Julie MacDonald, who has a degree in civil engineering and no background in the natural sciences, was named the Deputy Assistant Secretary for Fish and Wildlife and Parks in the Interior Department on May 2004. She altered and reversed conclusions in scientific reports to prevent species from being protected. The Bush Administration to date has listed 58 species (54 as the result of litigation) as endangered as opposed to 512 in the Clinton years and 234 by the first President Bush. MacDonald also hired Todd Willens who worked with the former Republican Representative and anti-environmentalist Richard Pombo. According to a March 2007 Inspector General report, she also passed on internal department documents to the oil industry and land developers in contravention of federal rules and to aid filing of lawsuits against the department. In one instance she pushed to have an endangered species which lived on her farm in California’s Central Valley (the Sacramento splittail fish) delisted. Facing oversight hearings, she resigned April 30, 2007.
The endangered species program has been without a director for a year and, as of July 2007, 30% of its positions are unfilled. On July 20, 2007, H. Dale Hall the current director of the Fish and Wildlife Service announced that 8 decisions made by MacDonald concerning species protection and land use would be reviewed and likely reversed. On November 27, 2007, it was announced that seven of them would be.
On May 21, 2008 in Congressional testimony, a GAO investigator Robin Nazarro stated that the review of MacDonald’s decisions had been too narrow and that 4 other Interior officials had been involved whose roles and decisions should have been examined: Craig Manson, a former Assistant Secretary at Interior, Brian Waidmann, chief of staff to current Interior Secretary Dirk Kempthorne, Todd Willens, former Deputy Assistant Secretary, and Randal Bowman, special assistant to the Interior Secretary.
In an August 11, 2008 New York Times story, the Department of Interior is drafting a rule which would reduce mandatory reviews and allow government agencies to ignore how building and industrial projects impacted endangered species or how emissions from these projects affect global warming.
In its rush to finalize this rule, the Fish and Wildlife Service assembled a 15 member team to go through 200,000 public comments and gave them 4 days (32 hours) to do so (from October 21-24). This would require each team member to read on average 7 comments a minute (or one every 8.5 seconds). To say this makes a mockery of the government’s rule making procedures would be an understatement.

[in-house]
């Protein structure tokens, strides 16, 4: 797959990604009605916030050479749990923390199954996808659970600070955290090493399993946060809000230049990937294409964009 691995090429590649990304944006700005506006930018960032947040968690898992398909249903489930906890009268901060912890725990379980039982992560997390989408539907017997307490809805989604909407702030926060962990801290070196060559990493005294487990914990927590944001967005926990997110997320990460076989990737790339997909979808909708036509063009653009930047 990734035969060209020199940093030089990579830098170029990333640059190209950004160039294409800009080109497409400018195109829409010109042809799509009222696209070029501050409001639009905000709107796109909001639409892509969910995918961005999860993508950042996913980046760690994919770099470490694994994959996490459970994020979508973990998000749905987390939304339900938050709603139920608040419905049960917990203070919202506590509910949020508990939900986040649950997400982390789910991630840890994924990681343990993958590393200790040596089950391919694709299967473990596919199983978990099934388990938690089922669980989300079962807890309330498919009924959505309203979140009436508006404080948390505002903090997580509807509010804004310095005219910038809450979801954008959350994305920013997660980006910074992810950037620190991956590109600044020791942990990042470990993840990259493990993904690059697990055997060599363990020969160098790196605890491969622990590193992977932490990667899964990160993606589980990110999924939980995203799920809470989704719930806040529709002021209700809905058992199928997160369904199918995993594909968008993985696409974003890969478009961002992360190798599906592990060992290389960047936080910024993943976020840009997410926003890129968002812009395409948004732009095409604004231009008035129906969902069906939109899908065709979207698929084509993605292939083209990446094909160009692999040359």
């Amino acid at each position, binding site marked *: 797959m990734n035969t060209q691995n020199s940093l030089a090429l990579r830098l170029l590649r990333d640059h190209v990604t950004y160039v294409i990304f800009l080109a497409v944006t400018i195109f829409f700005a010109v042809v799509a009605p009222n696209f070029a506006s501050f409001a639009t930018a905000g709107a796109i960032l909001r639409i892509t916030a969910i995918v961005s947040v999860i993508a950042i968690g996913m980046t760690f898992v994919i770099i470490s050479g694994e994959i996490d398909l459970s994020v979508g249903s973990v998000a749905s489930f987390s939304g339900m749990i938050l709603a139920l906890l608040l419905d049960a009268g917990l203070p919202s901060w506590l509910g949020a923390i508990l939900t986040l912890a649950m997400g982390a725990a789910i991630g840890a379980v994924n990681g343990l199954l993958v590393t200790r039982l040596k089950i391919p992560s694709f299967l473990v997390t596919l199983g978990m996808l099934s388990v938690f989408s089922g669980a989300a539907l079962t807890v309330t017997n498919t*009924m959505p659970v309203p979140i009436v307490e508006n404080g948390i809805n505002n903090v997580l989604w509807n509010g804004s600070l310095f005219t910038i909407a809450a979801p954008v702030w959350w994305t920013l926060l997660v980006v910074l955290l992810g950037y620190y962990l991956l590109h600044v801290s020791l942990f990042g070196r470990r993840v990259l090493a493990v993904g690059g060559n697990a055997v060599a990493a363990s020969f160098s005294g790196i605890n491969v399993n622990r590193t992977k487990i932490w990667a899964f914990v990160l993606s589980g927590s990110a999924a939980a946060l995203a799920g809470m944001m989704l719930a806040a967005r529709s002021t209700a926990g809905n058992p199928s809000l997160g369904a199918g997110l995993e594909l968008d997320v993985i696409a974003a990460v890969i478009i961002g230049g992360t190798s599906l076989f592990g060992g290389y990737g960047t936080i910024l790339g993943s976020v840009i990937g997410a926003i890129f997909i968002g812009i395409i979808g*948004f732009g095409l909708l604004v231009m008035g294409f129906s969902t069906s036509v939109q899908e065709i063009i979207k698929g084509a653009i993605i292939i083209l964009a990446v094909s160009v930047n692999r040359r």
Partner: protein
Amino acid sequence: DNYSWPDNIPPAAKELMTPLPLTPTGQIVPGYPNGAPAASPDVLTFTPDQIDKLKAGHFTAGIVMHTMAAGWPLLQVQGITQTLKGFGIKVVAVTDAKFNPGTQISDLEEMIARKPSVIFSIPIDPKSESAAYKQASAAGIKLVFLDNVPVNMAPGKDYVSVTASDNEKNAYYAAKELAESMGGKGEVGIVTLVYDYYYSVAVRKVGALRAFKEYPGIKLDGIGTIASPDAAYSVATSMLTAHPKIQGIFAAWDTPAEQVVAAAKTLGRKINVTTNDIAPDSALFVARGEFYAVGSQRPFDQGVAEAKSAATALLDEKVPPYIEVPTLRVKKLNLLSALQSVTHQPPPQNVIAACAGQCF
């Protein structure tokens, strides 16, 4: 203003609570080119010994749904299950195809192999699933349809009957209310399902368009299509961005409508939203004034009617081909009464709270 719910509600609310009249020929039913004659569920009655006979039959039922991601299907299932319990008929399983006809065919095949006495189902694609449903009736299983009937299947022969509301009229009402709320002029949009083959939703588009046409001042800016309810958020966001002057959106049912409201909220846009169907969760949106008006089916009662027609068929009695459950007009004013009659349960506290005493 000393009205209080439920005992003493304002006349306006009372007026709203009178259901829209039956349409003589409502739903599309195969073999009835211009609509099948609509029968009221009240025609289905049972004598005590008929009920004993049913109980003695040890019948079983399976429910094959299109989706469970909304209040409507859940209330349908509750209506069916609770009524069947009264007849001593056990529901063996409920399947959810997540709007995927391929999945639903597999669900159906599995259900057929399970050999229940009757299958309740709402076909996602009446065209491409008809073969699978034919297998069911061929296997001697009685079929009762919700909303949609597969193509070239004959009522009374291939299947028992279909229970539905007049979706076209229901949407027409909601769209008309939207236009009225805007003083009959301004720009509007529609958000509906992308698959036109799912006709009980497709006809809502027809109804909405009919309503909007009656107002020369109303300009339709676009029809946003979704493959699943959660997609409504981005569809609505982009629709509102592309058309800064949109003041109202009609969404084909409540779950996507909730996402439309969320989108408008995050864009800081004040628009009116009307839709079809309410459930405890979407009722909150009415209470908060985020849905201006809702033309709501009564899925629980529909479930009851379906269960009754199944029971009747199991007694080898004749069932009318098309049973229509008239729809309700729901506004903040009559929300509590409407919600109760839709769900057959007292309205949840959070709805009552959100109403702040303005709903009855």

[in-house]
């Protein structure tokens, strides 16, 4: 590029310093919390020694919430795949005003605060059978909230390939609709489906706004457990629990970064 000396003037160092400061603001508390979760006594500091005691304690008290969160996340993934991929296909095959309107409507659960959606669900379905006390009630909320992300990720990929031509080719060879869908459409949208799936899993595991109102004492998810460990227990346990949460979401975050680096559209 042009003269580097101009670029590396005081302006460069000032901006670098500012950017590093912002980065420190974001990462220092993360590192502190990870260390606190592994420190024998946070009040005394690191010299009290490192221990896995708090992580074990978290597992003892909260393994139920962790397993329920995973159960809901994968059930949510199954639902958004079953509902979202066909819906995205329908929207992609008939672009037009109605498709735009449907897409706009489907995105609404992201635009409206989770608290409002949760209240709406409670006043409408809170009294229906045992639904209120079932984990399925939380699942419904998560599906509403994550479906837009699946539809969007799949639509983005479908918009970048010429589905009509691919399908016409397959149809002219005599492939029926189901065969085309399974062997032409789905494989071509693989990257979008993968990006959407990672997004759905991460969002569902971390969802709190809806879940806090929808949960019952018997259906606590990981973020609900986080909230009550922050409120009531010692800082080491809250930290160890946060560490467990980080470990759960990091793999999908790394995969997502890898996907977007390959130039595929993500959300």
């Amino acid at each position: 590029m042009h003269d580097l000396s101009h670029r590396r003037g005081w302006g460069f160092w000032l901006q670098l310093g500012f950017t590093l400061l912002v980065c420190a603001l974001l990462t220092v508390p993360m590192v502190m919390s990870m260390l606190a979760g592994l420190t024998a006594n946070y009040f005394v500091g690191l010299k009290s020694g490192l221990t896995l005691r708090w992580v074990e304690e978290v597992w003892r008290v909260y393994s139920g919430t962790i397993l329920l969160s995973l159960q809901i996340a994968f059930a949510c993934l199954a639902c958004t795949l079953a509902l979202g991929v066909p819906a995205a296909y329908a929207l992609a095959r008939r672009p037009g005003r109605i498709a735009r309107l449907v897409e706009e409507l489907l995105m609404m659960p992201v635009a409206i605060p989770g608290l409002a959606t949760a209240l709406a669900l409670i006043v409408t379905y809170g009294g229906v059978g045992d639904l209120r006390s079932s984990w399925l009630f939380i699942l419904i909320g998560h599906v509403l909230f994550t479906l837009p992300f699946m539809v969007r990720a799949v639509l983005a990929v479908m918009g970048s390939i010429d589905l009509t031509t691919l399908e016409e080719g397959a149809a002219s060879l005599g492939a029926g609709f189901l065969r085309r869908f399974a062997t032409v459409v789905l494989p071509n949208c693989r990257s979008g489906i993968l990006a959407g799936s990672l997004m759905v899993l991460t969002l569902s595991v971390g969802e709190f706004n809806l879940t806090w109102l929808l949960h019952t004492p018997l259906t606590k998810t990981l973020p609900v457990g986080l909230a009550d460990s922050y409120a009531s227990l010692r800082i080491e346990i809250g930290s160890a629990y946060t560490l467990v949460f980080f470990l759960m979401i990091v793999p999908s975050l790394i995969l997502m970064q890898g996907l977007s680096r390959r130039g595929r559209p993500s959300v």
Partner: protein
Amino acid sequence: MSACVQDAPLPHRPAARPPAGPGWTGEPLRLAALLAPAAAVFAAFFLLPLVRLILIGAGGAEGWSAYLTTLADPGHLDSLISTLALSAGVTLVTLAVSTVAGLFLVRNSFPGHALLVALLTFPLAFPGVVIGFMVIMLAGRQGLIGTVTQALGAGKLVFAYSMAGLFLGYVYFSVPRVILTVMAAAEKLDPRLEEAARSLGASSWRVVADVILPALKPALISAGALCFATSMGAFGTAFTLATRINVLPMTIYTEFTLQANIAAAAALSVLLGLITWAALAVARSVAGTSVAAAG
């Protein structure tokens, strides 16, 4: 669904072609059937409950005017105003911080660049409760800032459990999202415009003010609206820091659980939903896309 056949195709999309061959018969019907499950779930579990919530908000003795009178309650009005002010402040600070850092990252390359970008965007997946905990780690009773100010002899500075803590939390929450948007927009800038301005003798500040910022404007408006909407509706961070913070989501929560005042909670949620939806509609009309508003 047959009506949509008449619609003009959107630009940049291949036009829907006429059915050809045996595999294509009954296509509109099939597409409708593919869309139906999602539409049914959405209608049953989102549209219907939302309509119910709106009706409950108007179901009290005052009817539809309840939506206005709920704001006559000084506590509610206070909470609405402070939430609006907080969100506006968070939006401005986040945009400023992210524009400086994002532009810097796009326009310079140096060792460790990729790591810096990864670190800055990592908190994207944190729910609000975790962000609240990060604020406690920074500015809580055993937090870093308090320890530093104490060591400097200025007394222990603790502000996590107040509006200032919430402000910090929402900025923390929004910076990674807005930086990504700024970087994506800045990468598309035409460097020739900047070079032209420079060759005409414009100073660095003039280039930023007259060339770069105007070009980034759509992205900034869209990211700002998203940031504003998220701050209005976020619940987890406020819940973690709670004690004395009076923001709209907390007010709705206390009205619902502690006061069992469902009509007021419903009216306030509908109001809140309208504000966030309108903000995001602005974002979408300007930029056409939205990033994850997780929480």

Overall, however, MacDonald’s zeal to advance her agenda has caused considerable harm to the integrity of the ESA [Endangered Species Act] and to the moral and reputation of the FW [Fish and Wildlife Service], as well as potential harm to individual species. Her heavy-handedness has cast doubt on nearly every ESA decision issued during her tenure; of the 20 decisions we reviewed, her influence potentially jeopardized 13 ESA decisions. Macdonald’s conduct was backed by the seemingly blind support of former Assistant Secretary for Fish and Wildlife and Parks, Judge Craig Manson. Judge Manson so thoroughly supported MacDonald that even when a known error in a Federal Register notice, which was caused by MacDonald’s calculations, was brought to Manson’s attention, he directed that the notice be published regardless of the error. MacDonald was also ably abetted in her attempts to interfere with the science by Special Assistant Randal Bowman, Office of the Assistant Secretary for Fish and Wildlife and Parks, who held the position and authority to advance the unwritten policy to exclude as many areas as practicable from Critical Habitat Determinations, as well as Attorney Thomas Graf, Office of the Solicitor, whose remarkable lack of recollection leaves one to speculate whether he was doing MacDonald’s bidding or was a rogue actor simply emulating her policy style.
The former Chief of Conservation and Classfication for the Endangered Species Program had this to say about MacDonald.
[MacDonald] was an odd choice for that position [Deputy Assistant Secretary] because she had no interest in species conservation. She [said] she didn’t like the outdoors; she never went outdoors. She never went to a national park or wildlife refuge and she never intended to . . . [MacDonald believed] there were other more important goals, like making sur people got water and electricity and developers had the opportunity to make profits.
MacDonald refused to be interviewed for the report stating: “Given the breathtaking arrogance with which you have conducted previous so-called investigations of me, I have no interest in any further discussions with your office.” The report contained no recommendation for action against MacDonald.